William Essex
William Essex

Cryptocurrencies: threats and opportunities with digital mediums of exchange

Cryptocurrencies are a confidence trick. Their valuations express a market view and very little else; certainly not reference to a store of intrinsic value. But the same could be said of US Dollars, Sterling or any other fiat currency. Whether you put your trust in dollar bills, credit cards or discrete little chunks of code, you’re not buying exposure to a gold standard. We can all kick cans down the road, but can we define the term “reserve currency” without feeling a little uneasy?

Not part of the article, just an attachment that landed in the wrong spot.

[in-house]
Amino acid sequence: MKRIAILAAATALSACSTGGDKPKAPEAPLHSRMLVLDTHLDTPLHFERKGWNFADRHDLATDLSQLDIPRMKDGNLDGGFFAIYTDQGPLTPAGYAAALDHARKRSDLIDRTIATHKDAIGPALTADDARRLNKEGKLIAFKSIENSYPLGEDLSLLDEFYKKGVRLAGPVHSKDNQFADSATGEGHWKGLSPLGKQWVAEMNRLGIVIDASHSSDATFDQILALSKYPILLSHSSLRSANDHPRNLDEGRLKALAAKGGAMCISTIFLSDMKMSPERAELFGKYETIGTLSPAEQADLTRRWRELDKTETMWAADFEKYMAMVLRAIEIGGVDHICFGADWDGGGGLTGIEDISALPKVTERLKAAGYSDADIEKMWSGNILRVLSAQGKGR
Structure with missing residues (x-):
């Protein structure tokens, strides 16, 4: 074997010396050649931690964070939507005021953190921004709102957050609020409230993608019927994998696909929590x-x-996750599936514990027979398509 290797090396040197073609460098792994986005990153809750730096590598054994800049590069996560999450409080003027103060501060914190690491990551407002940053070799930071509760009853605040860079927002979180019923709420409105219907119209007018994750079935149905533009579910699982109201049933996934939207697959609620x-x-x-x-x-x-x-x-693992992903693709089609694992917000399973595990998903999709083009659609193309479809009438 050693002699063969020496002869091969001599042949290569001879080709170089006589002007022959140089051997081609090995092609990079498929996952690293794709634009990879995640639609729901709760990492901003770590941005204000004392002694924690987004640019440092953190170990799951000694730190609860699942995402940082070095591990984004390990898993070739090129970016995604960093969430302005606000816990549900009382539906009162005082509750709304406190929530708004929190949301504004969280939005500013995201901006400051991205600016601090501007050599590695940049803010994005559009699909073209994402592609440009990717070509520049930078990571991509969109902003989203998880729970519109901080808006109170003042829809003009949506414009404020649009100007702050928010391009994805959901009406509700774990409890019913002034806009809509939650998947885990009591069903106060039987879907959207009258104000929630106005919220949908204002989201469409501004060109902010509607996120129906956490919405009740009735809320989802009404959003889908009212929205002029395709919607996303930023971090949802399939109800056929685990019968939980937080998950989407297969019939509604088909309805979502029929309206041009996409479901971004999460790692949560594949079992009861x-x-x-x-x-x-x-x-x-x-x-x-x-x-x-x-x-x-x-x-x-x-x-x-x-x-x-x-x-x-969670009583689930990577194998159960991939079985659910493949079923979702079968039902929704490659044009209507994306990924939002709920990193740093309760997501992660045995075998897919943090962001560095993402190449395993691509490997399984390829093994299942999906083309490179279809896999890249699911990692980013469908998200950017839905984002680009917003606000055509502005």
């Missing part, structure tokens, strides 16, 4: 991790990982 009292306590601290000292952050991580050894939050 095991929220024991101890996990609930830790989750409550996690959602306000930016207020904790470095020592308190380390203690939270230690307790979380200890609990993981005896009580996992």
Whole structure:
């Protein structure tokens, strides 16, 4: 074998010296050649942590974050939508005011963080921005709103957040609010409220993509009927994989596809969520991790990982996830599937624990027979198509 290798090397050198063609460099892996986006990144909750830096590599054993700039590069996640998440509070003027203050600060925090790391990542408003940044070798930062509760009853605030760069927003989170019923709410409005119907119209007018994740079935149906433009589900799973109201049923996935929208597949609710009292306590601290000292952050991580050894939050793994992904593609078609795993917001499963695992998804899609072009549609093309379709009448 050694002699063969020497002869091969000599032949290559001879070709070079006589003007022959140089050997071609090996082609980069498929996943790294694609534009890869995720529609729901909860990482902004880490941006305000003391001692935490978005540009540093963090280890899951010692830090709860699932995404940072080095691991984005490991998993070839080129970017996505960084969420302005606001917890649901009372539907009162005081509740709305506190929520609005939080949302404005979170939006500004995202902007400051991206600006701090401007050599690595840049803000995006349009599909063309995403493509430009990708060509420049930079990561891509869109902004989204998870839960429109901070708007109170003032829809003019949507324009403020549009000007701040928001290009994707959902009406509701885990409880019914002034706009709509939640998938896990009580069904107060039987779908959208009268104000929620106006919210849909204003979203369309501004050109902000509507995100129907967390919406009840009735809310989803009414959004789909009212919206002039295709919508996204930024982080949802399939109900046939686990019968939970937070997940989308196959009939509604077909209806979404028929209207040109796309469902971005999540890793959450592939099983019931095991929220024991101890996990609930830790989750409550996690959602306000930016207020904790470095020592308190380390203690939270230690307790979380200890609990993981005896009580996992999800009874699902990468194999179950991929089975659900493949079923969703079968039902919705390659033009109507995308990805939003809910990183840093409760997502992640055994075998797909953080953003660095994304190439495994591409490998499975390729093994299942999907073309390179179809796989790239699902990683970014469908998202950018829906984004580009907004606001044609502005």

There’s a strong negative case in favour of cryptocurrencies. Like the World Wide Web (as we used to call it), Bitcoin was adopted early on by the criminal fraternity. Back in the day, the argument was that the WWW must be more than a fad because criminals are pragmatic: they go for genuinely useful rather than fashionable. We don’t argue that kind of case nowadays; we just call for more regulation. But it’s a valid, grown-up point. Whatever you think of the uses to which it was put, Bitcoin proved an effective enabler on the ‘Silk Road’ (which is, incidentally, a name with more historic resonance for e-traders than, say, ‘The Euro’).Cryptocurrencies also work for the ‘good guys’. They’re an effective remittance mechanism, and they can ease legitimate trade flows by being impervious to national borders. Crucially, they attract innovators. In its weekend edition of 23/24 February 2014, the Financial Times listed Bitcoin (with a market cap of $7bn),...continued

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